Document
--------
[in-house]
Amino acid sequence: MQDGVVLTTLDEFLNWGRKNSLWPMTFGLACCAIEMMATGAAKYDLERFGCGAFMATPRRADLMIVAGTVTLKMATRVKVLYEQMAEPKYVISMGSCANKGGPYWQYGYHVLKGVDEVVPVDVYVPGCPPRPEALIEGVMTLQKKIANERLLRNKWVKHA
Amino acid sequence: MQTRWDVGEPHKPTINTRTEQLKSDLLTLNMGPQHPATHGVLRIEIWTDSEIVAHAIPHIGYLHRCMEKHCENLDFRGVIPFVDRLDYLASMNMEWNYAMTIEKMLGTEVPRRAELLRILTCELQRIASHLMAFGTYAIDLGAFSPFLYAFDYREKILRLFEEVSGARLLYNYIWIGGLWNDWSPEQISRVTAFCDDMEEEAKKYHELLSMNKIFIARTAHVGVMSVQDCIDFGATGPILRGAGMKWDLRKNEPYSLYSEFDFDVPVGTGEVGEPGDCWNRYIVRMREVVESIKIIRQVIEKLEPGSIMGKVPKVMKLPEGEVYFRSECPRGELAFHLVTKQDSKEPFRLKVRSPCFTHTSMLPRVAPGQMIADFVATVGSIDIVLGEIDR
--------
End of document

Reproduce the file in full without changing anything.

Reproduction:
[in-house]
Amino acid sequence: MQDGVVLTTLDEFLNWGRKNSLWPMTFGLACCAIEMMATGAAKYDLERFGCGAFMATPRRADLMIVAGTVTLKMATRVKVLYEQMAEPKYVISMGSCANKGGPYWQYGYHVLKGVDEVVPVDVYVPGCPPRPEALIEGVMTLQKKIANERLLRNKWVKHA
Amino acid sequence: MQTRWDVGEPHKPTINTRTEQLKSDLLTLNMGPQHPATHGVLRIEIWTDSEIVAHAIPHIGYLHRCMEKHCENLDFRGVIPFVDRLDYLASMNMEWNYAMTIEKMLGTEVPRRAELLRILTCELQRIASHLMAFGTYAIDLGAFSPFLYAFDYREKILRLFEEVSGARLLYNYIWIGGLWNDWSPEQISRVTAFCDDMEEEAKKYHELLSMNKIFIARTAHVGVMSVQDCIDFGATGPILRGAGMKWDLRKNEPYSLYSEFDFDVPVGTGEVGEPGDCWNRYIVRMREVVESIKIIRQVIEKLEPGSIMGKVPKVMKLPEGEVYFRSECPRGELAFHLVTKQDSKEPFRLKVRSPCFTHTSMLPRVAPGQMIADFVATVGSIDIVLGEIDR